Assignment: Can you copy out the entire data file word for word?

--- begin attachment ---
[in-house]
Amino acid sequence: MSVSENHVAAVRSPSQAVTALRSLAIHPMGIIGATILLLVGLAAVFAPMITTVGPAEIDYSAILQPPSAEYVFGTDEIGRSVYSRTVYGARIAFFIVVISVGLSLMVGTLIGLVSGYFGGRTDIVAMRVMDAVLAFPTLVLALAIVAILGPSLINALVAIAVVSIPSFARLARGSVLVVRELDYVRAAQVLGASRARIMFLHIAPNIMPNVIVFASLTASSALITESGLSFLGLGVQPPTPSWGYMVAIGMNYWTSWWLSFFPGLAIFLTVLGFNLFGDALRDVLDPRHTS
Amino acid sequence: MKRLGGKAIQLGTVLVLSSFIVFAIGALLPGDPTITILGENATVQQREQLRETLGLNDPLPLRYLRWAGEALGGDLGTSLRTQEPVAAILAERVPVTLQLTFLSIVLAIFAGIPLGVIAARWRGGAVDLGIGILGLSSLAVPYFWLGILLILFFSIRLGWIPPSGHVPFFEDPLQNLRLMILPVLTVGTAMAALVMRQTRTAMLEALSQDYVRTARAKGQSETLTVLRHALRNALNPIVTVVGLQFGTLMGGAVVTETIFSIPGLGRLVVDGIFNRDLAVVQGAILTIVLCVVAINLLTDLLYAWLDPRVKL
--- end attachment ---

[in-house]
Amino acid sequence: MSVSENHVAAVRSPSQAVTALRSLAIHPMGIIGATILLLVGLAAVFAPMITTVGPAEIDYSAILQPPSAEYVFGTDEIGRSVYSRTVYGARIAFFIVVISVGLSLMVGTLIGLVSGYFGGRTDIVAMRVMDAVLAFPTLVLALAIVAILGPSLINALVAIAVVSIPSFARLARGSVLVVRELDYVRAAQVLGASRARIMFLHIAPNIMPNVIVFASLTASSALITESGLSFLGLGVQPPTPSWGYMVAIGMNYWTSWWLSFFPGLAIFLTVLGFNLFGDALRDVLDPRHTS
Amino acid sequence: MKRLGGKAIQLGTVLVLSSFIVFAIGALLPGDPTITILGENATVQQREQLRETLGLNDPLPLRYLRWAGEALGGDLGTSLRTQEPVAAILAERVPVTLQLTFLSIVLAIFAGIPLGVIAARWRGGAVDLGIGILGLSSLAVPYFWLGILLILFFSIRLGWIPPSGHVPFFEDPLQNLRLMILPVLTVGTAMAALVMRQTRTAMLEALSQDYVRTARAKGQSETLTVLRHALRNALNPIVTVVGLQFGTLMGGAVVTETIFSIPGLGRLVVDGIFNRDLAVVQGAILTIVLCVVAINLLTDLLYAWLDPRVKL